A good job alone isn’t always enough to keep a good employee around. Employees quit their jobs for all sorts of reasons, from money to opportunity to personal factors.
Some of these things, by necessity, are out of an employer’s control. But many of them are directly linked to workplace policies and the behavior of members of leadership.
You’re only as strong as the players on your team, so it’s important to understand what makes great talent jump ship so you can take action to combat it. According to research from EY and CEB Global, these are ten of the most influential factors that cause workers to hand in their two weeks’ notice.
Yep, you already knew that was coming.
The workers surveyed in EY’s study named competitive pay and benefits as the number one thing they look for in a job—and, if undesirable, the number one thing that would cause them to leave. This was consistent across Baby Boomers, Gen Xers and Millennials.
The easiest way to avoid losing employees over money is to maintain competitive salaries. If this simply isn’t an option, you’ll have to put forth extra effort to make up for it with non-monetary benefits and a stellar company culture.
Lack Of Advancement Opportunity
What happens when a team member is crushing it in her role? Is she nurtured and groomed for something greater or does she simply… get stuck? It’s an important thing to think about, as American workers cited lack of opportunity to advance as the number two factor that would cause them to leave a job.
In lieu of (or in addition to) a pay raise, a bump in title is a great incentive for an employee to stick around. We talk more about why career development is so important and how to incorporate it into your organization in this post.
It’s been demonstrated over and over through the years that working more hours does not breed more productivity. Even so, we’re more a overworked society than ever before, leaving more of our vacation days on the table every year.
If staying past closing time is the norm in your line of work, you’ll have to ask yourself a tough question: are the long hours really necessary to get the job done, or do employees just feel like they’re “expected” to be there? If it’s the latter, it’s a problem that could cause top performers to slip away.
Teamwork Not Valued
No one likes feeling as if they’re doing more work than everyone else. Likewise, no worker wants to feel like an island. It’s why workers said an environment that doesn’t encourage teamwork would make them want to jump ship.
Collaboration breeds creativity and helps employees feel like they’re part of something bigger than themselves. To help everyone get more comfortable working hand in hand, check out these 8 Team Building Exercises That Aren’t Completely Lame.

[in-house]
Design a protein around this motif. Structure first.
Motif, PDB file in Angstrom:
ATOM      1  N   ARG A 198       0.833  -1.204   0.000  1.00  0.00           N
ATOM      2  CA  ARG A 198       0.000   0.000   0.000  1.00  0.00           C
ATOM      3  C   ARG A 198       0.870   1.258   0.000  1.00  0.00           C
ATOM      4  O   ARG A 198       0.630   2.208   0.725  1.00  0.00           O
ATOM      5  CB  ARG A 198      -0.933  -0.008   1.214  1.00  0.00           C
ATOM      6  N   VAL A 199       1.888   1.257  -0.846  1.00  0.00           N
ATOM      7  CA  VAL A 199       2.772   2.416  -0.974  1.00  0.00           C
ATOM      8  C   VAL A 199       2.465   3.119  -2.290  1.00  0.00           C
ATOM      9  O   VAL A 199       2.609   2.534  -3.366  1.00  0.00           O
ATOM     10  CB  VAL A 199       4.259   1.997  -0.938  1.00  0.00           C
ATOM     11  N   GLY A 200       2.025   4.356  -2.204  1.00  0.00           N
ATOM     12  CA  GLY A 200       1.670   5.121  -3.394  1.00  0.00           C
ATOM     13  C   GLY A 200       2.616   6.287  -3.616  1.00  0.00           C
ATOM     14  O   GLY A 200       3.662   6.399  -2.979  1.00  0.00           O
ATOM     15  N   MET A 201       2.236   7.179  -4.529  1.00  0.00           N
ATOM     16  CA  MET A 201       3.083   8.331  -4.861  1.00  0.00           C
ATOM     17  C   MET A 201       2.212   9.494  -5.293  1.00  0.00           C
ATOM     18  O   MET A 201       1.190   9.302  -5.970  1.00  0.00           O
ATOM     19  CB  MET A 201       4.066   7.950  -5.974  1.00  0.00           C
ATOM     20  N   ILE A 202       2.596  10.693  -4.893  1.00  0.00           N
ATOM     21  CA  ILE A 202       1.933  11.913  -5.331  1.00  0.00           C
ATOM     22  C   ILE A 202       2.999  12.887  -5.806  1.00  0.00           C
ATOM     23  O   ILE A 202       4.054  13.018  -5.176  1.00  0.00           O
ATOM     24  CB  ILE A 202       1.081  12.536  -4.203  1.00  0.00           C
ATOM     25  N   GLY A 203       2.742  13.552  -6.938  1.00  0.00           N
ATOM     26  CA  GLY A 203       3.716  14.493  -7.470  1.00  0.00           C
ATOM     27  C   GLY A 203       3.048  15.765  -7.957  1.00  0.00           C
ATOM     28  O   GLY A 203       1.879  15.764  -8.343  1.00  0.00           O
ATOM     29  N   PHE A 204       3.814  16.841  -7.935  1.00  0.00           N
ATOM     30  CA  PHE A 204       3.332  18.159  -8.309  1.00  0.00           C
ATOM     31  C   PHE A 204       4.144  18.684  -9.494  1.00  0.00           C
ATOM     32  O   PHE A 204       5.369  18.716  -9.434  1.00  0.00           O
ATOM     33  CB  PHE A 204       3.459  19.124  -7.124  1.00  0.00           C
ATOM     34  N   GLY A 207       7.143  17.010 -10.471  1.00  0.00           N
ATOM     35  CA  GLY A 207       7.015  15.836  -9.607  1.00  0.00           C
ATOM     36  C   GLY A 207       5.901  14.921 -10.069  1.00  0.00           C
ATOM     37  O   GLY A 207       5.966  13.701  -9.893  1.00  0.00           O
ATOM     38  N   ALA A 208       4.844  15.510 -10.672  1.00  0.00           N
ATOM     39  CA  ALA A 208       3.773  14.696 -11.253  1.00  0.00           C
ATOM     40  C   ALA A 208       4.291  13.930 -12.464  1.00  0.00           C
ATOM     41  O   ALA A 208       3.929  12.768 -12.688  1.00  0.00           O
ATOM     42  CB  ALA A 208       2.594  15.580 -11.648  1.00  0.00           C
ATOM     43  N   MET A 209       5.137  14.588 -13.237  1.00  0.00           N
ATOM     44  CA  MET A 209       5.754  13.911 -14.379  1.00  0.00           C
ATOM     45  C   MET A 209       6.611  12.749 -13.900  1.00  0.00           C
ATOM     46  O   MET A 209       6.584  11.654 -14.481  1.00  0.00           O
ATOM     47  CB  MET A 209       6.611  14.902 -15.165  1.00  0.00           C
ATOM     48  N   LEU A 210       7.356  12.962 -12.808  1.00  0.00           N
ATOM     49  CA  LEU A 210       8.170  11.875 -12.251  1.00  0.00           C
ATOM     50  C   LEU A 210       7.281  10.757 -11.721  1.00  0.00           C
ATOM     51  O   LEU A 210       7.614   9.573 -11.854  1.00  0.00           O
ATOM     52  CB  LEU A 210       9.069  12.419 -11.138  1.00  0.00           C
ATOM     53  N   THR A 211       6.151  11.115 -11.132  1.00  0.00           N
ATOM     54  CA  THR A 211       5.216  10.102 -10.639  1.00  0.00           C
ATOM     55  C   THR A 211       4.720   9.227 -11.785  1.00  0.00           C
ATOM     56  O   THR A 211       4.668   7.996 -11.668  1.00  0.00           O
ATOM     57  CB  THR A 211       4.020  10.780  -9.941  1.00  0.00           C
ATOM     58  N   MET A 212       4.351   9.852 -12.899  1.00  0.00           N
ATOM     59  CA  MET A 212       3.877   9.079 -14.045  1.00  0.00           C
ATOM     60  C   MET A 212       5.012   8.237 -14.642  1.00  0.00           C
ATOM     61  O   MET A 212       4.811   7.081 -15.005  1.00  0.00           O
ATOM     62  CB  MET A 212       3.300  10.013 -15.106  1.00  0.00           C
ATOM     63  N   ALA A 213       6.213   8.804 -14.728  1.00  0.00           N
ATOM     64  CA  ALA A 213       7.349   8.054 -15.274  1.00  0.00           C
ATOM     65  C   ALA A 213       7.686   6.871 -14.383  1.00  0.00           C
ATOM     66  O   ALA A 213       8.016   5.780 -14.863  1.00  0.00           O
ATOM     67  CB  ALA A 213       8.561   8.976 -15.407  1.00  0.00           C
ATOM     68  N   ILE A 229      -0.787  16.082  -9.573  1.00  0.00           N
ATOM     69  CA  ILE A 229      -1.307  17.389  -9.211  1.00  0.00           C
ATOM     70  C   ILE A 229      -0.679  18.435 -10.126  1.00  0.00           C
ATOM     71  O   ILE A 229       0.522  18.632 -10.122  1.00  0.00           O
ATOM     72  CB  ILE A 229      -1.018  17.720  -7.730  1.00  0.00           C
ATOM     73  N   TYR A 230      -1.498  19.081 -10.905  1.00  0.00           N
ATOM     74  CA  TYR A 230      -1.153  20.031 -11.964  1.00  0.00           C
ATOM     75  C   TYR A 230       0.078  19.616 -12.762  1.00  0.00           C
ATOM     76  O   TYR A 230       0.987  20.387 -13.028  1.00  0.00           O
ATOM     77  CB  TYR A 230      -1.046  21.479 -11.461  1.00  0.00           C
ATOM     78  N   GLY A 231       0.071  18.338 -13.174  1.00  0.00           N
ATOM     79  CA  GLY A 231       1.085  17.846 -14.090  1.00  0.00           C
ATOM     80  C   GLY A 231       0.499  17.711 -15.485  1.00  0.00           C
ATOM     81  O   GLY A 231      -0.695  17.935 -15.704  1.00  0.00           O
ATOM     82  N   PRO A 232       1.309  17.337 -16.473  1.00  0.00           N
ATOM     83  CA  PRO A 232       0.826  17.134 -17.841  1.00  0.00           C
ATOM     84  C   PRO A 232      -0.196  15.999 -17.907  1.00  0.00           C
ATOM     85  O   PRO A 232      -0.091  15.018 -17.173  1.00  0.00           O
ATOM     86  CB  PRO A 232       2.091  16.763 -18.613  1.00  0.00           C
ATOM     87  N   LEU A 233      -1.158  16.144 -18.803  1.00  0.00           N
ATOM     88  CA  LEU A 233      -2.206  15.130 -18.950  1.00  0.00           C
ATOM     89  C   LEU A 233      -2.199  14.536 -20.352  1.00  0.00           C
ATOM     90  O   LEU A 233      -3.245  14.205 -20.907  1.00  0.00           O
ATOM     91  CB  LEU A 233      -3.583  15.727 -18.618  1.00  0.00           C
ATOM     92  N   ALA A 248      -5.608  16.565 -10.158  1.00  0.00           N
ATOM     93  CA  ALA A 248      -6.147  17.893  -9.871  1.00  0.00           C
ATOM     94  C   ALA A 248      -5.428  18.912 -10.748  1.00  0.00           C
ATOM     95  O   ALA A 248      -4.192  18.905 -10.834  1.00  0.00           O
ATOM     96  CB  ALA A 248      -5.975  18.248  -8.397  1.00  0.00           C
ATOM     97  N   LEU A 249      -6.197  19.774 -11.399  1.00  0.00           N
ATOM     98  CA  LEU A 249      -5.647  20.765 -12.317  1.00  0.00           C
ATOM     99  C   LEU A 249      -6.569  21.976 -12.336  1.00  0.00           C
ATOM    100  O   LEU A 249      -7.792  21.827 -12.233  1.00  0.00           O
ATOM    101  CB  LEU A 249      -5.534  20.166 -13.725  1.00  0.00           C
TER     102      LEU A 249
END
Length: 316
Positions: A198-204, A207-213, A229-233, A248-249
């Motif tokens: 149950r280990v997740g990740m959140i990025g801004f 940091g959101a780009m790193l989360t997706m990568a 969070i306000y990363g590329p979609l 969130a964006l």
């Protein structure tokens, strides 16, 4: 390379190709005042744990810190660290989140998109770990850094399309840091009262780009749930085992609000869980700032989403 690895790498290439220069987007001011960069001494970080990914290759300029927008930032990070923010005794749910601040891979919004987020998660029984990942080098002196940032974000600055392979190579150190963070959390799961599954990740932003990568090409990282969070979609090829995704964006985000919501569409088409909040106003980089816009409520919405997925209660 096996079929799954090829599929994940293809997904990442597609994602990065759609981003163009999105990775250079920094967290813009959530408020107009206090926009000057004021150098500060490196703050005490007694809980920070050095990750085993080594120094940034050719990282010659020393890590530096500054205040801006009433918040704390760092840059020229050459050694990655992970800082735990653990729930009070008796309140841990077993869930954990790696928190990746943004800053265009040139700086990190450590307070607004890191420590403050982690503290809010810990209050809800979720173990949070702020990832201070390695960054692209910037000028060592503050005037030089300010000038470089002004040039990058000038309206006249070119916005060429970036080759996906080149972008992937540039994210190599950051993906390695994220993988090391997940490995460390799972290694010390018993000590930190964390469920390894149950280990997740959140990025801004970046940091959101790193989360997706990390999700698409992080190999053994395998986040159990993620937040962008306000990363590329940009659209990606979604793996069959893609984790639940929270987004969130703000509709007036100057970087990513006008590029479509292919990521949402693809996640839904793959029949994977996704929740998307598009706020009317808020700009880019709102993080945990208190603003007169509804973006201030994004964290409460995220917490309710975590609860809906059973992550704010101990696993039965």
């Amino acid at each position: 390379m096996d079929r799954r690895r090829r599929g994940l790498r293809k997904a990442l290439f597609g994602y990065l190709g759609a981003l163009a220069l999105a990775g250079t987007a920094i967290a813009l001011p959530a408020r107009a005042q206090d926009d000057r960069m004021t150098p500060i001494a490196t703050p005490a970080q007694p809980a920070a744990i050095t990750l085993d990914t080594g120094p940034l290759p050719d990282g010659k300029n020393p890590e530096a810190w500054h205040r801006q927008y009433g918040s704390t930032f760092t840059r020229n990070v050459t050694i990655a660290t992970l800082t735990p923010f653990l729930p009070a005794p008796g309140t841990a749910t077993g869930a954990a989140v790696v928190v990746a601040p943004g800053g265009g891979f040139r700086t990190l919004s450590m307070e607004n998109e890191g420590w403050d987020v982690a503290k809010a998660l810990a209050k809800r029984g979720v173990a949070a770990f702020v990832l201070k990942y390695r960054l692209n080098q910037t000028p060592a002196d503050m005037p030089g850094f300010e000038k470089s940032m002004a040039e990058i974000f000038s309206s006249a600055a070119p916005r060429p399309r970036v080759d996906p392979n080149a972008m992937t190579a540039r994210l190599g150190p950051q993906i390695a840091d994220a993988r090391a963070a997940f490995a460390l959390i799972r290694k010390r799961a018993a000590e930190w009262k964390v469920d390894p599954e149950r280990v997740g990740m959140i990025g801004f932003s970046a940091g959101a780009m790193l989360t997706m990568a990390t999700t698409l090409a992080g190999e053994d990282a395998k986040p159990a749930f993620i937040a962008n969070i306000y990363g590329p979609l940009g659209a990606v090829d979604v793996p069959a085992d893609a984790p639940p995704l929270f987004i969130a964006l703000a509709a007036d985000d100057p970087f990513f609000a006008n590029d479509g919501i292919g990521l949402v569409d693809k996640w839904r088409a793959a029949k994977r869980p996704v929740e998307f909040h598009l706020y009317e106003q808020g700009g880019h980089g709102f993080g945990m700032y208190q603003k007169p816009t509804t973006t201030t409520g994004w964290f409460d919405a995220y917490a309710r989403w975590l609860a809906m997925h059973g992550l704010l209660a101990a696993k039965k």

Lack Of Flexibility
Flexible workdays are becoming the norm among a growing number of companies, and employees generally seem to be pleased with the trend. 80% of workers say they’d prefer having the option to telecommute to work at least part of the time.
If you haven’t yet made the move away from a traditional 9-to-5, clock-in-clock-out work environment, here are some policies to consider:
- Ability to telecommute
- Personal or ‘flex’ days that are separate from vacation time and can be used to accommodate things like doctor’s appointments
- Floating work-from-home days
- Unlimited PTO
Stigma Around Alternative Working Arrangements
Sure, your organization may have flexible work hours or offer alternative work options, but is it truly acceptable for team members to take advantage of them?
Surprisingly, workers said one of the top ten reasons they leave jobs is because of the stigma surrounding things like using flex hours or taking leaves of absence. Workers cited feeling penalized or discriminated against for taking advantage of these benefits, even when they were clearly part of company policy.
Too Much Travel
The opportunity to travel can often be seen as a job perk, but depending on the employee and the frequency, it can also be a burden.
If you’re in a field that requires employees to log some serious frequent flier miles, be sure you’re abundantly clear about the travel expectations during the hiring process. With existing employees, have an honest conversation about whether their willingness is still a fit with the requirements of the job.
It’s perhaps the most personal item on this list: the employee’s family. Things like having a baby, getting a divorce, and even death can prompt an otherwise engaged worker to say goodbye.
Consider your company’s culture around family and work-life balance: does having a full life outside of work come with a negative stigma? If so, it’s time to take a closer look at your company culture.
Major life milestones matter more than you’d think in a person’s decision to stay at or leave a job.
Things like career anniversaries (realizing you’ve been at the same company for 20 years, for example), birthdays and reunions often prompt people to take a look inward and measure their perceived level of success. If it’s not up to snuff, they may start looking for better opportunities.
CEB Global reports that job-hunting activity spikes 6% surrounding hiring anniversaries, 12% just before birthdays, and 16% following class reunions.
Unfortunately, you can’t do much about major life milestones, but you can focus on motivating your employees to stay engaged with their jobs.
Limited Access To Mentors
Finally, employees want someone look up to. Are members of leadership accessible for matters other than day-to-day work?
While it’s not part of your job description to be a mentor to your staff, it’s something that will often happen inevitably (and something millennials in particular see as highly important). In order to retain your best team members, consider investing in a formal mentorship program for promising rising talent.
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